Democratic Rep. Sharon Wylie urged her colleagues in the House to take swift action on a measure strengthening safety requirements on oil transport.
“In my own community there is a proposal on the table to turn our community into the largest oil-storage terminal on the West Coast,” said Wylie, of Vancouver. “Right now, we have miles of train carrying oil within 100 feet of our houses, our businesses and our waterfront.”
House Bill 1449, which is backed by Gov. Jay Inslee, passed the House on a 60-38 vote Thursday evening.
Wylie’s testimony, however, did not persuade her Republican counterparts from Southwest Washington to favor the bill.
Republican Reps. Lynda Wilson, Paul Harris, Brandon Vick and Liz Pike all voted against the bill.
In an email to The Columbian, Wilson wrote, “there is a bill coming over from the Senate that we know addresses rail safety in a more equitable manner.”
She added her response was the “official response” from all the lawmakers in the region who voted against the measure.
The measure Wilson referred to is Senate Bill 5057, sponsored by Sen. Doug Ericksen, R-Ferndale, which does not have the same disclosure requirements as the measure passed by the House.
Ericksen’s bill appears to be favored in the Republican-controlled Senate.
As passed by the House, Inslee’s measure would expand a tax on oil from 4 cents to 8 cents per 42-gallon barrel. The tax, dubbed the barrel tax or the oil spill administration tax, would also apply to pipelines. Currently there is only a tax on marine deliveries. House Bill 1449 would also boost transparency by requiring rail operators to submit information to the Department of Ecology about transfer times and content. Information about transfers would also be submitted to local first responders, such as fire departments, under Inslee’s measure.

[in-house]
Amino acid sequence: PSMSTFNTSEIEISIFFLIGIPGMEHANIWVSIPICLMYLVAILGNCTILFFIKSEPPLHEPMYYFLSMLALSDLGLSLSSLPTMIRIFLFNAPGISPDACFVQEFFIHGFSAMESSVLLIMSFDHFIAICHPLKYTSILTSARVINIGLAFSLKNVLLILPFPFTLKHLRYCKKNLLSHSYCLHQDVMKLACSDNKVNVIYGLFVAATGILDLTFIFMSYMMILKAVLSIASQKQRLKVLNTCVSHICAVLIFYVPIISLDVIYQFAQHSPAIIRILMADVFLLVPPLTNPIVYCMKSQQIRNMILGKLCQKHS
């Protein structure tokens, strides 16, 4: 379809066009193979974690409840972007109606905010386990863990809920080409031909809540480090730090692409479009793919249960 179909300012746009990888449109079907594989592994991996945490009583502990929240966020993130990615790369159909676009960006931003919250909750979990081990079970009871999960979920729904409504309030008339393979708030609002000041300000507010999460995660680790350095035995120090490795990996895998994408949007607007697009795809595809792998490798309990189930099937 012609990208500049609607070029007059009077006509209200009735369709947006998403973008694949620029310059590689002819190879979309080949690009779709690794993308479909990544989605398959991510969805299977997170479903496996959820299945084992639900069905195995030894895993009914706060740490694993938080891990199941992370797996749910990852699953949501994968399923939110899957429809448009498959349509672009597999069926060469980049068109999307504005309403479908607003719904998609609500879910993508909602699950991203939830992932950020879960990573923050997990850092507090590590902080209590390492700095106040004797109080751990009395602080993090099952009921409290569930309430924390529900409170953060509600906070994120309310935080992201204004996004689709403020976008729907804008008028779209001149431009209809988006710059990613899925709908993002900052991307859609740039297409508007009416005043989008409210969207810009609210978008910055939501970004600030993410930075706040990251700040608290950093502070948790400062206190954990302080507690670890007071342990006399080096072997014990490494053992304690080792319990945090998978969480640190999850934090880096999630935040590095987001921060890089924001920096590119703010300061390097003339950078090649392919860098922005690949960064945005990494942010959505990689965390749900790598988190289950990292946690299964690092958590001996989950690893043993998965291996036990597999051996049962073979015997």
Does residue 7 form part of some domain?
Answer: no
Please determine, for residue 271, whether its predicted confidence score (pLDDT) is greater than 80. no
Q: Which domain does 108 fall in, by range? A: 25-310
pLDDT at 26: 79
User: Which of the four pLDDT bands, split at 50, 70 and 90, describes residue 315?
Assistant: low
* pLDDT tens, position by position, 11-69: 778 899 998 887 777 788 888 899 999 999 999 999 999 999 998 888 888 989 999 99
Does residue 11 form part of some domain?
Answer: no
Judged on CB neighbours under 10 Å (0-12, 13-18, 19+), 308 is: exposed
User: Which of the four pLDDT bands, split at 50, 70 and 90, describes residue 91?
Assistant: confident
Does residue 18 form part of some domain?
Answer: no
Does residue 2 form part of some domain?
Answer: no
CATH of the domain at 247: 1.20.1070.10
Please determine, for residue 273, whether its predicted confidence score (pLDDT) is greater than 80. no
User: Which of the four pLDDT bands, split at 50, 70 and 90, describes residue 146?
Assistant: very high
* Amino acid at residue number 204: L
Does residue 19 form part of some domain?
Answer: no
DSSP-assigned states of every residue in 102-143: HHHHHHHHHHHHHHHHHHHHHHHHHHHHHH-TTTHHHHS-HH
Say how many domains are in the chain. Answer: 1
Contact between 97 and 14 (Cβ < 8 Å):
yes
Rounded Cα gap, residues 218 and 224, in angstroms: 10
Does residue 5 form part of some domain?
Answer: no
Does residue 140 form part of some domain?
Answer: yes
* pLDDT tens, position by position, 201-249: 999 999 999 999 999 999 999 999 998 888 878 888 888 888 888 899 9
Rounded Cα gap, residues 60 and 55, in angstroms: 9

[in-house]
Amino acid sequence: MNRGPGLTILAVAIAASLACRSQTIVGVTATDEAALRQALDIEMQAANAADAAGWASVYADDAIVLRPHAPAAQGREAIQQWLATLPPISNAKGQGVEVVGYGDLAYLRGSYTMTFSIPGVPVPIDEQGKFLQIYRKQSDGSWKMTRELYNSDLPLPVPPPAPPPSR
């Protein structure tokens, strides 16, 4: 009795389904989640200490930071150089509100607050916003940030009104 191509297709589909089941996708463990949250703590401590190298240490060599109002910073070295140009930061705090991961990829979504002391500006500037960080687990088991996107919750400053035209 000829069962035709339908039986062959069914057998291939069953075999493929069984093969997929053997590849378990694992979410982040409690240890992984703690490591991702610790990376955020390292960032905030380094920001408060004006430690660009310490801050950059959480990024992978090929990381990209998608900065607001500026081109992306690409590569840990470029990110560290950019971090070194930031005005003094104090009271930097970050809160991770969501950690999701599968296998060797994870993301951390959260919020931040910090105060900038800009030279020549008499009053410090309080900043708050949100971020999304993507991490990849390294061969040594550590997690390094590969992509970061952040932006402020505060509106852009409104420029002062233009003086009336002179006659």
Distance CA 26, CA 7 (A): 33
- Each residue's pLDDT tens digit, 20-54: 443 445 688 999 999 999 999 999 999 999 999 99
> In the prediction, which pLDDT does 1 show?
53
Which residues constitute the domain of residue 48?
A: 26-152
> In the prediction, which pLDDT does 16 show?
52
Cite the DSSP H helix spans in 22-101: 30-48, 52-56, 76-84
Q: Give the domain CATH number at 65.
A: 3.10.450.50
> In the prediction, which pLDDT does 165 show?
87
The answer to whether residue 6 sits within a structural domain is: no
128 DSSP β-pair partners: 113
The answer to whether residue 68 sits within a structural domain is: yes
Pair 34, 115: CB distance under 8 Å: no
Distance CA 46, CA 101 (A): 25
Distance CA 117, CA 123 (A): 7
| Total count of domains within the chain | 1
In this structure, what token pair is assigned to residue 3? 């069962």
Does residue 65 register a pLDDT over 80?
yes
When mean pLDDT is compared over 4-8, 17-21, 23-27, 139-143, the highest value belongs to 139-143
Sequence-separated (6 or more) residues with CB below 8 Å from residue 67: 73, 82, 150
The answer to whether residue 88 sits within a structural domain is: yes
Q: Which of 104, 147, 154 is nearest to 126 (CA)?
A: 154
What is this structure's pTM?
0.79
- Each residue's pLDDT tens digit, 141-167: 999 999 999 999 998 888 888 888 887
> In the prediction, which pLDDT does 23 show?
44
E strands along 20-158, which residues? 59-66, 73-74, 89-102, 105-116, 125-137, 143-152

Ericksen has called the governor’s measure overly broad. In addition to not requiring the disclosure of information about oil being transported through communities, Ericksen’s measure would only apply to oil shipped by rail. It doesn’t increase the oil spill administration tax, but would apply the current 4-cent tax levied on maritime oil deliveries to include rail.
“In the course of two years, oil train traffic in Washington has gone from shipping zero gallons of crude oil to well over 700 million gallons. And that number will just go up,” Inslee said in a statement after the measure passed. “We need the oil industry to step up with more robust safety and preparedness measures and make sure we have resources to respond in the event of an oil spill or explosion. The barrel tax is a modest increase — less than one-tenth of 1 percent of the current barrel prices — but ensures an exponentially larger degree of certainty that in the event of a spill or explosion we are ready to respond.”
Rep. Jessyn Farrell, D-Seattle, who was the chief sponsor of the House measure, pointed out that while lawmakers debated the bill there was yet another example of a train carrying crude oil that derailed and exploded.
The tankers “are burning this evening,” she said of the explosion in rural Illinois, and “first responders are still trying to contain this disaster.”